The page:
The New Jersey Devils, an organization that for so many people can be summed up in one man, couldn't have hoped for a better all-around team effort in their opening game of the playoffs. As a result, they skated away with a 4-1 win over the Carolina Hurricanes (
"The whole five-man unit was moving up and down the ice better," Devils center
It was very hard for the Hurricanes to establish much of anything, especially since they barely touched the puck. By the end of the second period, New Jersey had outshot Carolina 30-13, and in the end by 20. They came from everywhere. Forwards
But beyond the top two lines, which accounted for two-thirds of the Devils offense during the regular season, New Jersey was getting plenty of looks throughout its lineup.
"Through and through, I thought we got contributions from everyone," Devils coach
"If you play them physical and don't allow them to spend too much time in the offensive zone, they get frustrated," White's partner
Hurricanes head coach
"I don't get that sense from this team because we've played very well for two months," Maurice said. "We actually didn't have to go on the emotional roller coaster that most of those teams do because we were winning and kept the confidence."
But after Wednesday night's game, he may have to reevaluate his sense.
• Filmmaker and New Jersey icon
• At the morning skate, Eric Staal remembered the days when he used to play Parise in youth hockey tournaments in Thunder Bay, Ont., where Staal grew up. Primarily, he says, he remembers Parise's team always winning and the young Devil getting all the MVP awards. Er, sounding a little familiar ...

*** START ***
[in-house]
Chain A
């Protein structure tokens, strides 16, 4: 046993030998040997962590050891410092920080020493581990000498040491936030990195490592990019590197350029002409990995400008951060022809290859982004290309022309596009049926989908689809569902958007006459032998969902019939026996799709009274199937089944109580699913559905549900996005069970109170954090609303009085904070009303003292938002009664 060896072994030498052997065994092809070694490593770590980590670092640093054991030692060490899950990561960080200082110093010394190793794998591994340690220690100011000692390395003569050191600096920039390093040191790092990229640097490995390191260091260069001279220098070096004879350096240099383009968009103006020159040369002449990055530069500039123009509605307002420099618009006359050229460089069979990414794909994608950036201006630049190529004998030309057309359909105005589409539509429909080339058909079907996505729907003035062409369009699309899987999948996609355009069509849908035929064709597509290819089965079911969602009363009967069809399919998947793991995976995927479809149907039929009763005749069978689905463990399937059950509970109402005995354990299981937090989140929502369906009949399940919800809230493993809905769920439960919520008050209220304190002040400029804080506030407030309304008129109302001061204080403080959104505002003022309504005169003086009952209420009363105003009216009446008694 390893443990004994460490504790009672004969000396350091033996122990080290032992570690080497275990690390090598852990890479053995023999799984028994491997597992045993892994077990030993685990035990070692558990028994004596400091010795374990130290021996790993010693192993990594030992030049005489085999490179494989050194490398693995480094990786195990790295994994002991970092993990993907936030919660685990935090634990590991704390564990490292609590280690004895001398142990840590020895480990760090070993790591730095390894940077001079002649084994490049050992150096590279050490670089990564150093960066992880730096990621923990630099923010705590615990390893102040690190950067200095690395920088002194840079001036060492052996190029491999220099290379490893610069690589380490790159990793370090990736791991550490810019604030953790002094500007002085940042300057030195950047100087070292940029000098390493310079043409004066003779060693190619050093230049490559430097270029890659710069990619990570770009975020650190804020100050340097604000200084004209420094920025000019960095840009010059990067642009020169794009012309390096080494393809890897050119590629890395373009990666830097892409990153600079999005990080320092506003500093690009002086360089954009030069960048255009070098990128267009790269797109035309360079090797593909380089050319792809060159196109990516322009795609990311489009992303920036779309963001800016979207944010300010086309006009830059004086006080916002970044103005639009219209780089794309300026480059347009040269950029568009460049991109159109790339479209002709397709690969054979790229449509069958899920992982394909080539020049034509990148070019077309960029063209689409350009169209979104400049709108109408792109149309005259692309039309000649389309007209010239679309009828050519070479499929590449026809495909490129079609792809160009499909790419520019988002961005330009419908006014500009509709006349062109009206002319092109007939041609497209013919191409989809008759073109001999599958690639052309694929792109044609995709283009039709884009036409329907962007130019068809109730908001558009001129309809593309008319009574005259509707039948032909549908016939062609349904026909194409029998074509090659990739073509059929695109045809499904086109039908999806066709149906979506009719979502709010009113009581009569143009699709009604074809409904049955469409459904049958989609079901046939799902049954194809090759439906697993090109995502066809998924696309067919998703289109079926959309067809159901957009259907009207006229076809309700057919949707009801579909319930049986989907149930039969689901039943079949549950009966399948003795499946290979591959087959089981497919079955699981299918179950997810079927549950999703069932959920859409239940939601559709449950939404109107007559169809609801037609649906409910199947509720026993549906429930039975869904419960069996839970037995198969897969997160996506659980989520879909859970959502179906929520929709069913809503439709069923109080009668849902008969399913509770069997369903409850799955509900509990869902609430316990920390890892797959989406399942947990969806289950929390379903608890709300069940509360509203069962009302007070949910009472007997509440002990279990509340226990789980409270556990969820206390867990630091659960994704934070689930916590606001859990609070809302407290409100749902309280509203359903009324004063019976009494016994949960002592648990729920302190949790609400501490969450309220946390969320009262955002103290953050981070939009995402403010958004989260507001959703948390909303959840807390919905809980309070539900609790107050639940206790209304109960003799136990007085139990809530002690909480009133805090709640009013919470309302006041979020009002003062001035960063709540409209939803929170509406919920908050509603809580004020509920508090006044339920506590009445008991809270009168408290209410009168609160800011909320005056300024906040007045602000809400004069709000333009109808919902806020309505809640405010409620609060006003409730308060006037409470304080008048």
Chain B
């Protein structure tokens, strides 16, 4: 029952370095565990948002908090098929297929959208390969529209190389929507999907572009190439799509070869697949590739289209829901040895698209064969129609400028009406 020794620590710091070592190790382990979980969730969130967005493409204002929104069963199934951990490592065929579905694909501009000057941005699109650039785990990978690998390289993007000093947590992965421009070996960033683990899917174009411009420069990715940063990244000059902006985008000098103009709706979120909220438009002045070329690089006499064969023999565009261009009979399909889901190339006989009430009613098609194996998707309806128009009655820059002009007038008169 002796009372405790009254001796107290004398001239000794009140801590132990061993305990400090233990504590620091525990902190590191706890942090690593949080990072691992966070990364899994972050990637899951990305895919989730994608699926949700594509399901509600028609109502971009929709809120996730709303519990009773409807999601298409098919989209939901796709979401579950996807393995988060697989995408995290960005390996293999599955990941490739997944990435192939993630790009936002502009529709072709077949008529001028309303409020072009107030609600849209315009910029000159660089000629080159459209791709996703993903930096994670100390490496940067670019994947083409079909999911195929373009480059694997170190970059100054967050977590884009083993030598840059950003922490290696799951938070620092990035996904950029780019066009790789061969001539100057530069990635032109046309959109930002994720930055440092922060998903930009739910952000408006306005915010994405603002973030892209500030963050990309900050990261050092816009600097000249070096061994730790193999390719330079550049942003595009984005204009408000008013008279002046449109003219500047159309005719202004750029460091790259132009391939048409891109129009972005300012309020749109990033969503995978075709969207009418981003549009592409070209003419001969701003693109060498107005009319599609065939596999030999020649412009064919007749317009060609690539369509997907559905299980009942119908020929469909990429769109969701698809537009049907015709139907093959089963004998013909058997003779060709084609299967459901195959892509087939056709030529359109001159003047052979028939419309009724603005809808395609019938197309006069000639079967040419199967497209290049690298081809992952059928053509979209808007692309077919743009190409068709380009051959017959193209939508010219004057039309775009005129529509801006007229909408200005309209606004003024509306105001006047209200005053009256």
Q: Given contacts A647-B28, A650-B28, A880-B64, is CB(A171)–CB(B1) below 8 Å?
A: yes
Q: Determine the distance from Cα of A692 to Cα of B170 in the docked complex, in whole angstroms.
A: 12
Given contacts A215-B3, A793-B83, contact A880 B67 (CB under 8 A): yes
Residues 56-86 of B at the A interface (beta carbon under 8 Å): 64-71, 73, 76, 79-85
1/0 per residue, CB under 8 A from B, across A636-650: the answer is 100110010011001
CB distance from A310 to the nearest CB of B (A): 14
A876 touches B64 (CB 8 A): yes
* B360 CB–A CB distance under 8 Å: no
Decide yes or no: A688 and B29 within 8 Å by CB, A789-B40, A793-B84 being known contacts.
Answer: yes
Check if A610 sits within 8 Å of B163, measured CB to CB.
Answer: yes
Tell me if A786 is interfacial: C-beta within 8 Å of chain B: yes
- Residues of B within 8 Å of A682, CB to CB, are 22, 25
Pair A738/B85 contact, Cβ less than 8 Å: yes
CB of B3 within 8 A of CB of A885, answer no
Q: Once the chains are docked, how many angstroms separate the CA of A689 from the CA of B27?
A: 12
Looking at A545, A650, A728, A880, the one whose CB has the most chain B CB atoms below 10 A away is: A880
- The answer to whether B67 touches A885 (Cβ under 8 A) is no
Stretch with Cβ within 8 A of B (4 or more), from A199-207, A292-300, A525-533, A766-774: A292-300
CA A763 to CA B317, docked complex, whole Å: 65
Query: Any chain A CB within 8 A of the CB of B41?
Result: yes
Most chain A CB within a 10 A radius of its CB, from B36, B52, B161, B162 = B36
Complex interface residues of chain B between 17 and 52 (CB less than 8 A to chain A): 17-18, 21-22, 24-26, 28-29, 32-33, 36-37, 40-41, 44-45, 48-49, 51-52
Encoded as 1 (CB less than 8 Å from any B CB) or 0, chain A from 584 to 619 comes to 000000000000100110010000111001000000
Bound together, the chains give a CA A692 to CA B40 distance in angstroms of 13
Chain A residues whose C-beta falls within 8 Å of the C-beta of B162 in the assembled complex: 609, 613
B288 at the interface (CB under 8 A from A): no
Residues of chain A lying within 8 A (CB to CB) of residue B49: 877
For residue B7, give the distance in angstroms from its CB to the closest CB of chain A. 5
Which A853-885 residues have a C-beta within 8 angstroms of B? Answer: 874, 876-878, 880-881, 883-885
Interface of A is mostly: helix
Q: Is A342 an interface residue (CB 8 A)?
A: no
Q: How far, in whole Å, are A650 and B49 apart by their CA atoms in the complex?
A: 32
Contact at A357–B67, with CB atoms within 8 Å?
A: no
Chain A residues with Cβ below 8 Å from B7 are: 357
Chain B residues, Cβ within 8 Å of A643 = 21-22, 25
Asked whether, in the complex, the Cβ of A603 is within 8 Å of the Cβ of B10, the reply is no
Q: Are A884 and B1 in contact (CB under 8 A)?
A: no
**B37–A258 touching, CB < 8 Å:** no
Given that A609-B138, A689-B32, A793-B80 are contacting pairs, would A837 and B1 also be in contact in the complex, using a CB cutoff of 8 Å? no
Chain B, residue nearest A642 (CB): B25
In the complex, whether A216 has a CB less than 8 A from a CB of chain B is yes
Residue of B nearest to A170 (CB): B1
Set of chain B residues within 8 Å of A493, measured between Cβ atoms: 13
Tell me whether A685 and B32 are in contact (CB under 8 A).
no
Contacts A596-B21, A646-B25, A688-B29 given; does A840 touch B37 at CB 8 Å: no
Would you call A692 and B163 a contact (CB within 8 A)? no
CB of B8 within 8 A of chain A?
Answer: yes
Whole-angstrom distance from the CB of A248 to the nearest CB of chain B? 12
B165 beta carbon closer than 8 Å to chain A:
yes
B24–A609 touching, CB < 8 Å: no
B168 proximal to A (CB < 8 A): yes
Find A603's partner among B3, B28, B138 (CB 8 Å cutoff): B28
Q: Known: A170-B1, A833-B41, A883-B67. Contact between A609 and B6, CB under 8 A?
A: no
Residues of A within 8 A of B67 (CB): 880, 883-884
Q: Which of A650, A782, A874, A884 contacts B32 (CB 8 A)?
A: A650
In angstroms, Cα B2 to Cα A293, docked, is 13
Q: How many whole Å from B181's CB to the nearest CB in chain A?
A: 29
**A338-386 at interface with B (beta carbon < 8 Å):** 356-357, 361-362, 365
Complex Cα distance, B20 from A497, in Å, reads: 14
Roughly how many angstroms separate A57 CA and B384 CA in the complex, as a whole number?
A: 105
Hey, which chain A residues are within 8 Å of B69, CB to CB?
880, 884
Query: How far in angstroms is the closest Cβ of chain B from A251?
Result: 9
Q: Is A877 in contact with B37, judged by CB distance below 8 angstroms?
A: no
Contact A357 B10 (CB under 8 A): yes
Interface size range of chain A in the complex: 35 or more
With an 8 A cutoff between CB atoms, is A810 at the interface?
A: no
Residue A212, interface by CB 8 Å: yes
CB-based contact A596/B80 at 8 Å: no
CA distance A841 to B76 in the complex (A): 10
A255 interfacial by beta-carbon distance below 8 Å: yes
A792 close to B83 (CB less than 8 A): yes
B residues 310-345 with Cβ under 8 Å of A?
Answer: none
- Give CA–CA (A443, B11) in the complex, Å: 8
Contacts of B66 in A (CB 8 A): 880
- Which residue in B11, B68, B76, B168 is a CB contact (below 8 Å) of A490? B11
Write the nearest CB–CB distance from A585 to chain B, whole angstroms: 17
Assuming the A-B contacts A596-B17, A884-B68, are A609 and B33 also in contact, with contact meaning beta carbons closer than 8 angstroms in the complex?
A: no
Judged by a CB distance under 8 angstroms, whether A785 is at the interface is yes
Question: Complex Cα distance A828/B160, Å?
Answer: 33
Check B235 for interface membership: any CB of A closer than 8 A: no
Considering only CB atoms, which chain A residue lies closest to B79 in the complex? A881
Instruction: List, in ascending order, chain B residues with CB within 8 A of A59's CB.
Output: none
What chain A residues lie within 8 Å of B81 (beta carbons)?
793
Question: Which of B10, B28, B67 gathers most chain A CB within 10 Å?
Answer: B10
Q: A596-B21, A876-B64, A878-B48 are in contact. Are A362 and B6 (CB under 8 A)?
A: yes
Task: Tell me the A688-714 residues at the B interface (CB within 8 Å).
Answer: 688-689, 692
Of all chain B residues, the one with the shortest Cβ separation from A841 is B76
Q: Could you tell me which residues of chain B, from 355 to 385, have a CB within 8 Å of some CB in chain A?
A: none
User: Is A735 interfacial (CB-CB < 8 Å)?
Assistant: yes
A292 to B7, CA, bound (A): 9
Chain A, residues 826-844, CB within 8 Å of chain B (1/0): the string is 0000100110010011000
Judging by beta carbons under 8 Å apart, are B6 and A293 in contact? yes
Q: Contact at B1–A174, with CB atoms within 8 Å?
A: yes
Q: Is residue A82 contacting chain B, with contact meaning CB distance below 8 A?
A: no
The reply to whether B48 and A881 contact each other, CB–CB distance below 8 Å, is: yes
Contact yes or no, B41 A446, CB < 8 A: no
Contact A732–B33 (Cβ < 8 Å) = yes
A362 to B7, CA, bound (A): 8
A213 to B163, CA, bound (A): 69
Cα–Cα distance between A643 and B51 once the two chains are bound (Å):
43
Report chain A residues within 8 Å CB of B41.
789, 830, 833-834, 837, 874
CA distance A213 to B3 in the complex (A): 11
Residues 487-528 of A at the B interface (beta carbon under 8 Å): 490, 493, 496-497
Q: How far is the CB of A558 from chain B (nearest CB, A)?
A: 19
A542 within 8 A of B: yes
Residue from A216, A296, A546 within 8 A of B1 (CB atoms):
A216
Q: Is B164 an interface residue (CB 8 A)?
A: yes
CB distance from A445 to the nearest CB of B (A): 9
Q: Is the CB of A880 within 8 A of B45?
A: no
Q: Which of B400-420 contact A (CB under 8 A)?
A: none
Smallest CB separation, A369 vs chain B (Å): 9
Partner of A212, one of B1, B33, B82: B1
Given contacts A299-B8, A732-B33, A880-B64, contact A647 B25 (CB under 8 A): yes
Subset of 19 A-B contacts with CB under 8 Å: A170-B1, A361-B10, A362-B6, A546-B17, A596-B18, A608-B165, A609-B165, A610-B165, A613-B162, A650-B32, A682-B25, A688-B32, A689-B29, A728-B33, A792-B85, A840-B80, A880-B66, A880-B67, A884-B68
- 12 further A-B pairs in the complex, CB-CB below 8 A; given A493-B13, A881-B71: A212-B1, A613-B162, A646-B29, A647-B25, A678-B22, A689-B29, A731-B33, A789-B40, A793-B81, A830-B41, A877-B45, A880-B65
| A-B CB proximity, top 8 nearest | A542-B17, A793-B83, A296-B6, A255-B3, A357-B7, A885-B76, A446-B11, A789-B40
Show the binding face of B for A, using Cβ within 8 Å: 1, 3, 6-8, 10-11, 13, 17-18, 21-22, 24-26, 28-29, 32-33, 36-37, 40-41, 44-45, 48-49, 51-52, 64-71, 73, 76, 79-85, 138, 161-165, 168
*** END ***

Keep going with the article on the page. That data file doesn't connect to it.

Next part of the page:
• Hurricanes center
• Officials called the game pretty loose. Only six penalties. Both teams did practice a good deal of discipline. That's pretty normal for the Hurricanes, who committed the fewest penalties during the regular season. But still, amen to letting them play.
• Not only did the Devils show a lot of muscle, they used it to their advantage. Two goals came as a result of a player directly outworking their 'Canes counterpart on the puck. Parise, checked on the boards, kept Staal down to beat him to the loose puck and score in the second period, and Elias wouldn't have had that one-timer had New Jersey's